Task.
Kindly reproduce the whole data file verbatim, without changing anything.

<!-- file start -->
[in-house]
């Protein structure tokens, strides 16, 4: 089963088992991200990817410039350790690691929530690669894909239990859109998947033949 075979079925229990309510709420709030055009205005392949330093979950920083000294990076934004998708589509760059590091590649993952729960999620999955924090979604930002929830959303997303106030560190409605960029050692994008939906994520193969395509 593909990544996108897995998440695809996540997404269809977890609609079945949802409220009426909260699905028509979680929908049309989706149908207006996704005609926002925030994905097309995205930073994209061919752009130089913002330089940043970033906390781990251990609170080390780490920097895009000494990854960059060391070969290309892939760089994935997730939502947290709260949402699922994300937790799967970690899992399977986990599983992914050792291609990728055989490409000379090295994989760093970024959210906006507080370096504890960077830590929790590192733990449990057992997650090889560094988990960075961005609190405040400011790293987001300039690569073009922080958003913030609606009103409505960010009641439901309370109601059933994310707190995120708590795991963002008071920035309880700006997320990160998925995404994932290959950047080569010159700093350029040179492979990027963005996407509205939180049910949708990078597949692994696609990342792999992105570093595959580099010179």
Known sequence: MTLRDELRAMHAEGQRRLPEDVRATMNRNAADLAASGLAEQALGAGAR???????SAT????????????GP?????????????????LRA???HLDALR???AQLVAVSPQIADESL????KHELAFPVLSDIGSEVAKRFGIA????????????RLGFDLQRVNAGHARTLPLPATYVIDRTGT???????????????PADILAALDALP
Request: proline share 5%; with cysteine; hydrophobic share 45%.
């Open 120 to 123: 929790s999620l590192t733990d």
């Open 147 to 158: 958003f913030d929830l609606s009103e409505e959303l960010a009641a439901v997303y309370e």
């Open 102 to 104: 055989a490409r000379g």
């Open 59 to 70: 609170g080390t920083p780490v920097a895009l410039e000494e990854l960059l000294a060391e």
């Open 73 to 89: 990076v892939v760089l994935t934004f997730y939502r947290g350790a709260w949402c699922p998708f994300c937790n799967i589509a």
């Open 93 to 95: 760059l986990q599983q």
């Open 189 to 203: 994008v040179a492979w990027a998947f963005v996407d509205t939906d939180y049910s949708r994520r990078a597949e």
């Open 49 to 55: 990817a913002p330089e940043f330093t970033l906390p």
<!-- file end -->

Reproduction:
[in-house]
């Protein structure tokens, strides 16, 4: 089963088992991200990817410039350790690691929530690669894909239990859109998947033949 075979079925229990309510709420709030055009205005392949330093979950920083000294990076934004998708589509760059590091590649993952729960999620999955924090979604930002929830959303997303106030560190409605960029050692994008939906994520193969395509 593909990544996108897995998440695809996540997404269809977890609609079945949802409220009426909260699905028509979680929908049309989706149908207006996704005609926002925030994905097309995205930073994209061919752009130089913002330089940043970033906390781990251990609170080390780490920097895009000494990854960059060391070969290309892939760089994935997730939502947290709260949402699922994300937790799967970690899992399977986990599983992914050792291609990728055989490409000379090295994989760093970024959210906006507080370096504890960077830590929790590192733990449990057992997650090889560094988990960075961005609190405040400011790293987001300039690569073009922080958003913030609606009103409505960010009641439901309370109601059933994310707190995120708590795991963002008071920035309880700006997320990160998925995404994932290959950047080569010159700093350029040179492979990027963005996407509205939180049910949708990078597949692994696609990342792999992105570093595959580099010179």
Known sequence: MTLRDELRAMHAEGQRRLPEDVRATMNRNAADLAASGLAEQALGAGAR???????SAT????????????GP?????????????????LRA???HLDALR???AQLVAVSPQIADESL????KHELAFPVLSDIGSEVAKRFGIA????????????RLGFDLQRVNAGHARTLPLPATYVIDRTGT???????????????PADILAALDALP
Request: proline share 5%; with cysteine; hydrophobic share 45%.
């Open 120 to 123: 929790s999620l590192t733990d």
């Open 147 to 158: 958003f913030d929830l609606s009103e409505e959303l960010a009641a439901v997303y309370e």
């Open 102 to 104: 055989a490409r000379g």
């Open 59 to 70: 609170g080390t920083p780490v920097a895009l410039e000494e990854l960059l000294a060391e």
């Open 73 to 89: 990076v892939v760089l994935t934004f997730y939502r947290g350790a709260w949402c699922p998708f994300c937790n799967i589509a």
């Open 93 to 95: 760059l986990q599983q």
């Open 189 to 203: 994008v040179a492979w990027a998947f963005v996407d509205t939906d939180y049910s949708r994520r990078a597949e």
């Open 49 to 55: 990817a913002p330089e940043f330093t970033l906390p």